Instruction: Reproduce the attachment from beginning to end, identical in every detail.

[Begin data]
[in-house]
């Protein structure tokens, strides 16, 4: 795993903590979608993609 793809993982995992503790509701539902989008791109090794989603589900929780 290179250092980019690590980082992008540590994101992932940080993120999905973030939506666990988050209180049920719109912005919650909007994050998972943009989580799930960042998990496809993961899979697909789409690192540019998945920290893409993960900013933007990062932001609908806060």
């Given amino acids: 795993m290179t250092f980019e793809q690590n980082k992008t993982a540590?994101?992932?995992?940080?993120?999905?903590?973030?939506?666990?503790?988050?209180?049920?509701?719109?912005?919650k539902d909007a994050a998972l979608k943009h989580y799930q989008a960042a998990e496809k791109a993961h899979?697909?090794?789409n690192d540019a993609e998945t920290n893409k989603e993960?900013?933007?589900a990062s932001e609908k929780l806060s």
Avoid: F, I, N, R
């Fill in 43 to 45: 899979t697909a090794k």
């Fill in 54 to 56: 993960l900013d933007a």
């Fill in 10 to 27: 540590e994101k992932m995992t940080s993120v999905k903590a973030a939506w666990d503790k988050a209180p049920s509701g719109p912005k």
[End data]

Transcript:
[in-house]
């Protein structure tokens, strides 16, 4: 795993903590979608993609 793809993982995992503790509701539902989008791109090794989603589900929780 290179250092980019690590980082992008540590994101992932940080993120999905973030939506666990988050209180049920719109912005919650909007994050998972943009989580799930960042998990496809993961899979697909789409690192540019998945920290893409993960900013933007990062932001609908806060």
């Given amino acids: 795993m290179t250092f980019e793809q690590n980082k992008t993982a540590?994101?992932?995992?940080?993120?999905?903590?973030?939506?666990?503790?988050?209180?049920?509701?719109?912005?919650k539902d909007a994050a998972l979608k943009h989580y799930q989008a960042a998990e496809k791109a993961h899979?697909?090794?789409n690192d540019a993609e998945t920290n893409k989603e993960?900013?933007?589900a990062s932001e609908k929780l806060s």
Avoid: F, I, N, R
């Fill in 43 to 45: 899979t697909a090794k």
């Fill in 54 to 56: 993960l900013d933007a």
């Fill in 10 to 27: 540590e994101k992932m995992t940080s993120v999905k903590a973030a939506w666990d503790k988050a209180p049920s509701g719109p912005k």